Investment advisers expect to increase hiring this year, but job hunters who want to get ahead of the pack are advised to look at the hiring process from the employer’s point of view.
“Firm owners are frustrated with candidates,” Caleb Brown, managing partner of New Planner Recruiting, said at the National Association of Personal Financial Advisors conference last week in Salt Lake City. Among their frustrations are a lack of professionalism, asking for too much compensation and not being forthright about their experience and skills, Brown said.
“They see a deficient passion for the industry,” he said.
The feeling is mutual, said Brown, whose firm specializes in placing entry-level financial planners. For their part, job hunters say that during interviews, employers frequently don’t seem to know what they are looking for in a new hire and they take too long to get back to them, Brown said.
Only about half of a group of beginning advisers in a session on starting out held up their hands when asked how many were looking to join an existing firm, as opposed to going out on their own.
“It’s painful, no matter where you start,” said Karen McIntyre, a wealth adviser with United Capital Private Wealth Counseling, who gave the 50 or so attendees some suggestions on the pros and cons of going it alone or joining an existing firm.
Joining a firm means an adviser can get started more quickly and has some support, though probably less flexibility than going it alone. Going solo gives you freedom, but expect it to take two years before you can start drawing a salary, McIntyre said.
News that might sway some advisers to give their job search a little more time is that broker-dealers and registered investment advisers plan to hire this year, and some plan to make substantial additions. Those results are from a poll by Fidelity Investments, which surveyed 130 attendees at an event held in May.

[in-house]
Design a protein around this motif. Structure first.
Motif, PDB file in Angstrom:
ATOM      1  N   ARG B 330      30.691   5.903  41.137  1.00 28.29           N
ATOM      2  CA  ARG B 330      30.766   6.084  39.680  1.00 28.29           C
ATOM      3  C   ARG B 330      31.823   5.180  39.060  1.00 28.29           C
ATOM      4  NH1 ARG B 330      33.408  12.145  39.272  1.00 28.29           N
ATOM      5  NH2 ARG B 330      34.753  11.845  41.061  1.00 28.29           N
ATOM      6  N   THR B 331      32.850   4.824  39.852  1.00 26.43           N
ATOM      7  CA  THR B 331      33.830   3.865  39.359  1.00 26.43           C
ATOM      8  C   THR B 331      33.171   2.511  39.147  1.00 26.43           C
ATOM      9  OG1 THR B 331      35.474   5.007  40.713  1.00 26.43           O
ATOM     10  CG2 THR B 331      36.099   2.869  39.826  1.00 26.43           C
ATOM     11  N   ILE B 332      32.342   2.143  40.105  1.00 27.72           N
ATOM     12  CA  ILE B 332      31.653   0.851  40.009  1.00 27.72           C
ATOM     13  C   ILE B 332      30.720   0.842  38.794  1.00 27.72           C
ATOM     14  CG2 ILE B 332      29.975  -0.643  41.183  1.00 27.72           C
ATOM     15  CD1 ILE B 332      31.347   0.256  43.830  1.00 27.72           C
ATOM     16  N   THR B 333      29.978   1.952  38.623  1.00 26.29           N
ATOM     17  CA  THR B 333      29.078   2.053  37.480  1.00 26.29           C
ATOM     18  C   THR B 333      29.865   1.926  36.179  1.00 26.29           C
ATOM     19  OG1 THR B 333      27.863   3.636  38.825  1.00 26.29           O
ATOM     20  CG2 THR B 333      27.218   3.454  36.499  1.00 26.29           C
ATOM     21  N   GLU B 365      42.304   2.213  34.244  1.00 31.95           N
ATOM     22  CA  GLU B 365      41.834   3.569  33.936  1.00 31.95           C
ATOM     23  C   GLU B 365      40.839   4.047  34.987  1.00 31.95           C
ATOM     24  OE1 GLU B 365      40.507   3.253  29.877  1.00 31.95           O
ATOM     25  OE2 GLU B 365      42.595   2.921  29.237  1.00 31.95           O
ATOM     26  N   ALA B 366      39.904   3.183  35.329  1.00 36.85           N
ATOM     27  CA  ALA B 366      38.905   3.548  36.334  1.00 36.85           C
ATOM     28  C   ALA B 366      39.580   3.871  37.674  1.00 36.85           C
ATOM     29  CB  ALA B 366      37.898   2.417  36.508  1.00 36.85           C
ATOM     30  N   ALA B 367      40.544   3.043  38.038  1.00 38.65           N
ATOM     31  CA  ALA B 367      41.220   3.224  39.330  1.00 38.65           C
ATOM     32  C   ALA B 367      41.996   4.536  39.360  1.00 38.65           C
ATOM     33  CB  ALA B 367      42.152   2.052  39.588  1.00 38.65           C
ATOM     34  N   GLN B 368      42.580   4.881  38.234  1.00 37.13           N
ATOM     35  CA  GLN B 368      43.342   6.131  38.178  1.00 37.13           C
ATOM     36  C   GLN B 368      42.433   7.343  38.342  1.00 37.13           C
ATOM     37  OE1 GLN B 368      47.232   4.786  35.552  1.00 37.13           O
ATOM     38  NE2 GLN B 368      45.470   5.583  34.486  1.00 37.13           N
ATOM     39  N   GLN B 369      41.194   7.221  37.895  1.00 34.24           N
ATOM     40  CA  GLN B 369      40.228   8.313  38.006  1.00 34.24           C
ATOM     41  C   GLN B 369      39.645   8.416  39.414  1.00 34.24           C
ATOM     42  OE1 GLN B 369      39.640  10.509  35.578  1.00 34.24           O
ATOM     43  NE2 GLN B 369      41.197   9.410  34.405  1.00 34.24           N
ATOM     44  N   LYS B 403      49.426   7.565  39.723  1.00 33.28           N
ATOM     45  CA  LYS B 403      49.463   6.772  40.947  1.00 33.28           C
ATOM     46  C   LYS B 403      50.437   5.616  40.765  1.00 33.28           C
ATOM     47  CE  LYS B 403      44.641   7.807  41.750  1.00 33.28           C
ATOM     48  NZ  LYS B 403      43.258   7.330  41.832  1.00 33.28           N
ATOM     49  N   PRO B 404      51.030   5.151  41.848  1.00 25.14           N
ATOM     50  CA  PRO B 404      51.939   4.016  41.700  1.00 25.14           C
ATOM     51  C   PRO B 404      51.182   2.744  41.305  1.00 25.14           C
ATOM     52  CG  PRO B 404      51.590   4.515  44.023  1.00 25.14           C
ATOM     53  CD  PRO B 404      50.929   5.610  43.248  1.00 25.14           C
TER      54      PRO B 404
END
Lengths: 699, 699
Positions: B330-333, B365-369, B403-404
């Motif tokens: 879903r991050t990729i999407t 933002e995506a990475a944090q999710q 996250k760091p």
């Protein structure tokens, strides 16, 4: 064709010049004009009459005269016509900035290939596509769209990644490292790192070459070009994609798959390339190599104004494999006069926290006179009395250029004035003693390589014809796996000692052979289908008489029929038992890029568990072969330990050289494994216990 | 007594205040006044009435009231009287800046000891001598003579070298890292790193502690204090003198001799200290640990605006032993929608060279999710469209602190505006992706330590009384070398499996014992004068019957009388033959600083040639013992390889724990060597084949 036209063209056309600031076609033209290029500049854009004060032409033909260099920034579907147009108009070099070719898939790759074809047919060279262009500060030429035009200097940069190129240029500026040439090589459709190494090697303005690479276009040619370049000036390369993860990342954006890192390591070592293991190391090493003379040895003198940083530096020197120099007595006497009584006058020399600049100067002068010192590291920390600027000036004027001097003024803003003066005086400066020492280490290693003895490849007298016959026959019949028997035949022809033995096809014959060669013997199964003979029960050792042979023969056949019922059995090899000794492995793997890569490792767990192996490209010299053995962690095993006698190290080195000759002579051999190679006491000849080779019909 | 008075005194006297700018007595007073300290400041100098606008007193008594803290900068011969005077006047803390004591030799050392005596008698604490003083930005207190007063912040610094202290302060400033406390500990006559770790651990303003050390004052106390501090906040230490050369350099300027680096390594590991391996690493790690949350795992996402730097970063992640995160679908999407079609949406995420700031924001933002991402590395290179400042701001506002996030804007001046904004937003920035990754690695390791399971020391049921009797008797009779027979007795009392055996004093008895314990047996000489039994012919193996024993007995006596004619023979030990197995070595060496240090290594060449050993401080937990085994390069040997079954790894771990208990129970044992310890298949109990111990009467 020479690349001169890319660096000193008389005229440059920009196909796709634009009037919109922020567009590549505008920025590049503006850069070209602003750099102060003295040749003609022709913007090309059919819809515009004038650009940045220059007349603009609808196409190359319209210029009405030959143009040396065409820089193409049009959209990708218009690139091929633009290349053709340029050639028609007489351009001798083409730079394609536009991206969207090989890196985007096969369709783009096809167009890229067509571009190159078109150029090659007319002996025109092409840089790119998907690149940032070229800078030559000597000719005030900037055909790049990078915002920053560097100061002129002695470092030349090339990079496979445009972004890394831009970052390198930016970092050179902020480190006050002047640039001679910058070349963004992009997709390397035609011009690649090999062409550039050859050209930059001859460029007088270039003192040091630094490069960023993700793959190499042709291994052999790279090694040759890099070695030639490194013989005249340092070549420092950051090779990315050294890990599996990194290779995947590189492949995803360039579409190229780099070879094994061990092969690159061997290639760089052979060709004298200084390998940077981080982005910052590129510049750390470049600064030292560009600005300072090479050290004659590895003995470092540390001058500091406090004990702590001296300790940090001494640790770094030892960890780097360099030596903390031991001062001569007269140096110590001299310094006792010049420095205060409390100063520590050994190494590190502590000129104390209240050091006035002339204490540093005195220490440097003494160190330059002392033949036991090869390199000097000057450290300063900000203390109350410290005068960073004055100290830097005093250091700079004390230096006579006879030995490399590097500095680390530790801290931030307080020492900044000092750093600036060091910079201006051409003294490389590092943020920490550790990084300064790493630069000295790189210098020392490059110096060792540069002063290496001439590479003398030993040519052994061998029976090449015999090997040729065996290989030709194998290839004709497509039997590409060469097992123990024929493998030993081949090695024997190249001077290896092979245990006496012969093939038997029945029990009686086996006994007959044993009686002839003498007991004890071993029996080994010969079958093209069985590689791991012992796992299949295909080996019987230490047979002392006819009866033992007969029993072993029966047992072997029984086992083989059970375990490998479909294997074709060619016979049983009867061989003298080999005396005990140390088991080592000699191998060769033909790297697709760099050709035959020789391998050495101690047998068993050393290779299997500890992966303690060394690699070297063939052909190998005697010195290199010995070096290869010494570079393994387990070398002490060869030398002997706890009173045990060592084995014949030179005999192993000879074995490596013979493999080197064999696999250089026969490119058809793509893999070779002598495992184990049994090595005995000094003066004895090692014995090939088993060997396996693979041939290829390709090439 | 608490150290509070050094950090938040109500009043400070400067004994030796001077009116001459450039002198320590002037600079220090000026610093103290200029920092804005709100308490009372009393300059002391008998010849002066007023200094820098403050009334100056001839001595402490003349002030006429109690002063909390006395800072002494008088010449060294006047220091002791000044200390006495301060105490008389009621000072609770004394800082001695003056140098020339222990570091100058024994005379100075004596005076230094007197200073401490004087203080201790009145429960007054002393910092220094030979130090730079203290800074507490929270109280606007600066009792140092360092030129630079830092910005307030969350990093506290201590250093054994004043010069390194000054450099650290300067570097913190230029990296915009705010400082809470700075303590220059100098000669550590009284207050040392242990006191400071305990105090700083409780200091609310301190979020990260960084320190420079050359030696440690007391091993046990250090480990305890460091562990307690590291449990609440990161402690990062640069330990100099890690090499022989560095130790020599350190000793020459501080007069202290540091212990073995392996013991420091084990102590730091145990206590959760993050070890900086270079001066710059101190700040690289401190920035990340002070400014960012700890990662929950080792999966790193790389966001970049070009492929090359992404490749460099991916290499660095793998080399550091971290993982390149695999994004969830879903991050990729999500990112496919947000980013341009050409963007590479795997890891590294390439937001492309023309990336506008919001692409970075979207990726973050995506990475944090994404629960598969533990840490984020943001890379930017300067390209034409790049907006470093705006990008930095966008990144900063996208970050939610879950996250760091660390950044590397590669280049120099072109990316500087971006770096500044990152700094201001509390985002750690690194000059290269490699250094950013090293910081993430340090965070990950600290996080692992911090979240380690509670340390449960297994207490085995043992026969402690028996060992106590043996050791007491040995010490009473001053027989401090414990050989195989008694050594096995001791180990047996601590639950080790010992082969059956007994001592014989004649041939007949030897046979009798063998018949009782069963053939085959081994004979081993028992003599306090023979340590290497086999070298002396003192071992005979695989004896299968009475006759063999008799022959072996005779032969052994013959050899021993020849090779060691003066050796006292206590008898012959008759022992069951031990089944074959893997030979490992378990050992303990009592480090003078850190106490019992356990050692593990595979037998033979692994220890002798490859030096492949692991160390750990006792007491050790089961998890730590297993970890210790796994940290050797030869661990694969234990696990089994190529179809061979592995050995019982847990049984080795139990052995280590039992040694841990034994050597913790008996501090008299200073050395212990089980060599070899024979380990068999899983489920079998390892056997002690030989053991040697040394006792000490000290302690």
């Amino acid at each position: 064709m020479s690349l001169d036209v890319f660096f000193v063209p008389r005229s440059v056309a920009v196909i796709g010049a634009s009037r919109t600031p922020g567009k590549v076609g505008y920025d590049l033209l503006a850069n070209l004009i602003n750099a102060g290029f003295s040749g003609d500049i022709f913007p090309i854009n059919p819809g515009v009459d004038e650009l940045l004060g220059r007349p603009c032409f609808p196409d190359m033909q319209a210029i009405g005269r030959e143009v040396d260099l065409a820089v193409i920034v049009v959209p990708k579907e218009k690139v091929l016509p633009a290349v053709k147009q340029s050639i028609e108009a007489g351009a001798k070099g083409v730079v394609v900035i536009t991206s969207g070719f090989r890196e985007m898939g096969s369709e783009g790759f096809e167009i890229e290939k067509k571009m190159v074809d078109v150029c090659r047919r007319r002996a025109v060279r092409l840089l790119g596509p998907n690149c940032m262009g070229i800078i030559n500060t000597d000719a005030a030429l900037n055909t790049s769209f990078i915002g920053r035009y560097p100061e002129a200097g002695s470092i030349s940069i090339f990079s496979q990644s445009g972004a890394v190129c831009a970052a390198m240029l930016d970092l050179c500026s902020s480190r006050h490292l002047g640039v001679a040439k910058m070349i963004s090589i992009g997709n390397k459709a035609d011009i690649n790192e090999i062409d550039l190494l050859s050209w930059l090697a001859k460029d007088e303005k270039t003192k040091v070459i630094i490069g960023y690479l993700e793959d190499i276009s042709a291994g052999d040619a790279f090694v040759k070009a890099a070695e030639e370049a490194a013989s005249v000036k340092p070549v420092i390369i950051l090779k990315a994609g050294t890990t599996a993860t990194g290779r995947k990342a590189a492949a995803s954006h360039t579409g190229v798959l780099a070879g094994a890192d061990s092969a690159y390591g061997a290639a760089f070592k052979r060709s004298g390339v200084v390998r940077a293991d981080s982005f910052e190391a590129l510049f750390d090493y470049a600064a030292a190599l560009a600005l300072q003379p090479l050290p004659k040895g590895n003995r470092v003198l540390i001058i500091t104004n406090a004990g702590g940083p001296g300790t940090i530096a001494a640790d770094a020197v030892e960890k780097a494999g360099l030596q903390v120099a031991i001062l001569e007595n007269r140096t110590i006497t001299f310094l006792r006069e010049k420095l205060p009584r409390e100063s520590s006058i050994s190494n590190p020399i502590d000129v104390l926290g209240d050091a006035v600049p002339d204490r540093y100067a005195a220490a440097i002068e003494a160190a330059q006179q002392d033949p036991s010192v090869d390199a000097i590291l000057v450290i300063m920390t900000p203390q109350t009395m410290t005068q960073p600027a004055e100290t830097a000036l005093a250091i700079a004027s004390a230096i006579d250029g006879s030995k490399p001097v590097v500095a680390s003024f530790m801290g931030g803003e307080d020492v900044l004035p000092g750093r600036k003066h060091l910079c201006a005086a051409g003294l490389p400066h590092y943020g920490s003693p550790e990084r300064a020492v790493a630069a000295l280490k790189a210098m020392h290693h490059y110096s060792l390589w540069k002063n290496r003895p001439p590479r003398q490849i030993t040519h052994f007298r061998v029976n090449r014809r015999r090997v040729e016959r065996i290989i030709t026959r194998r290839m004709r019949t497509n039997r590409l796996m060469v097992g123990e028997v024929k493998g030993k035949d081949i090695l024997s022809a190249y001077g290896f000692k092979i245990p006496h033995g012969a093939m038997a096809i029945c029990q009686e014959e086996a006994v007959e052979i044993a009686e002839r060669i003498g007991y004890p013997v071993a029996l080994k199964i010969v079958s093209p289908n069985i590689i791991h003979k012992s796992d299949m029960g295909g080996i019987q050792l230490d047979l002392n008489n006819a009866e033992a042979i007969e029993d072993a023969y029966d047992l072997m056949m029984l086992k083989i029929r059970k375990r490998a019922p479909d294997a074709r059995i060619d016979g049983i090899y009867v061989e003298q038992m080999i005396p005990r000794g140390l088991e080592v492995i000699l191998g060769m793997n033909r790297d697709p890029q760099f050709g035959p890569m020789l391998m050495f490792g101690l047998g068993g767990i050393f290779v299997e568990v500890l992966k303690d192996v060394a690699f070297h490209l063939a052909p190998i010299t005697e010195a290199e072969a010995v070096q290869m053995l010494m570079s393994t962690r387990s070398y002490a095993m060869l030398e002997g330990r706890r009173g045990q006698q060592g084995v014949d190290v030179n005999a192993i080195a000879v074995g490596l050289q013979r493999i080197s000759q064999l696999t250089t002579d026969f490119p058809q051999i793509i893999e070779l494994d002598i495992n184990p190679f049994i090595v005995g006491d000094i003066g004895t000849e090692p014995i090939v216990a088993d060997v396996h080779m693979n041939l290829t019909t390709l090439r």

According to the poll, 43 percent of the executives said that recruiting new advisers or brokers that have existing books of business is their top staffing priority in 2011. Another 19 percent said they plan to mentor and help existing staffers move up to a broker or adviser role. Those who are looking to hire said they may add up to 30 percent more staff in the next year.
“Growth is top-of-mind for many broker-dealers and registered investment advisers,” said Scott Dell’Orfano, executive vice president for sales at Fidelity Institutional Wealth Services, in a written statement. “A strong focus on recruitment, especially as a component of a broader client acquisition strategy, is extremely good news for the industry and speaks to an overall confidence for its continued growth and success.”
Firms are focused on adding new clients, with 60 percent saying that will be the top profit driver this year, while 21 percent said the staff they plan to add will be the biggest driver.
Brown suggested that job seekers demonstrate their willingness to take ownership of the responsibilities of the position they are seeking, and be willing to prove themselves.
Once on the job, “make that firm owner mentor you,” Brown said. Even if the boss is sometimes critical, “don’t take it personally,” he said. “The reason he is doing that is he wants you to be on his level.”